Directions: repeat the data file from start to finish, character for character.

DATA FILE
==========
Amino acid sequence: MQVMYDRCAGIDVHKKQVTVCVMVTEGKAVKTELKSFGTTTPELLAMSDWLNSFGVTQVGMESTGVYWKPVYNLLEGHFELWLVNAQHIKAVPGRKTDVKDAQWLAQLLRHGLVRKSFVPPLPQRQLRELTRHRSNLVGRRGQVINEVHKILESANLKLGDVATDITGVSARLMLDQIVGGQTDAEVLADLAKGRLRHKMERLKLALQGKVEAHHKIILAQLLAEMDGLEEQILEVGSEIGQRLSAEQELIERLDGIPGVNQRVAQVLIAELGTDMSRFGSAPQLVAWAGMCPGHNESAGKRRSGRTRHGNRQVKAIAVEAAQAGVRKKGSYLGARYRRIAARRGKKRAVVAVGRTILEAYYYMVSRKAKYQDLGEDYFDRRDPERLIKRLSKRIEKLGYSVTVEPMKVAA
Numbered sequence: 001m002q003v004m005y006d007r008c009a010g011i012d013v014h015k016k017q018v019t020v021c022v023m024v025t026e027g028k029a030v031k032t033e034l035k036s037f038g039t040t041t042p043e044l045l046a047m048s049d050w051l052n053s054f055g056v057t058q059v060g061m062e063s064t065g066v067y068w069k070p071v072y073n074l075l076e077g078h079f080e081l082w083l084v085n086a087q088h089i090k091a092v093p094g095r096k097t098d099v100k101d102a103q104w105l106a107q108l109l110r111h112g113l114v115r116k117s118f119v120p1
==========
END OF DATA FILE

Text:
Amino acid sequence: MQVMYDRCAGIDVHKKQVTVCVMVTEGKAVKTELKSFGTTTPELLAMSDWLNSFGVTQVGMESTGVYWKPVYNLLEGHFELWLVNAQHIKAVPGRKTDVKDAQWLAQLLRHGLVRKSFVPPLPQRQLRELTRHRSNLVGRRGQVINEVHKILESANLKLGDVATDITGVSARLMLDQIVGGQTDAEVLADLAKGRLRHKMERLKLALQGKVEAHHKIILAQLLAEMDGLEEQILEVGSEIGQRLSAEQELIERLDGIPGVNQRVAQVLIAELGTDMSRFGSAPQLVAWAGMCPGHNESAGKRRSGRTRHGNRQVKAIAVEAAQAGVRKKGSYLGARYRRIAARRGKKRAVVAVGRTILEAYYYMVSRKAKYQDLGEDYFDRRDPERLIKRLSKRIEKLGYSVTVEPMKVAA
Numbered sequence: 001m002q003v004m005y006d007r008c009a010g011i012d013v014h015k016k017q018v019t020v021c022v023m024v025t026e027g028k029a030v031k032t033e034l035k036s037f038g039t040t041t042p043e044l045l046a047m048s049d050w051l052n053s054f055g056v057t058q059v060g061m062e063s064t065g066v067y068w069k070p071v072y073n074l075l076e077g078h079f080e081l082w083l084v085n086a087q088h089i090k091a092v093p094g095r096k097t098d099v100k101d102a103q104w105l106a107q108l109l110r111h112g113l114v115r116k117s118f119v120p1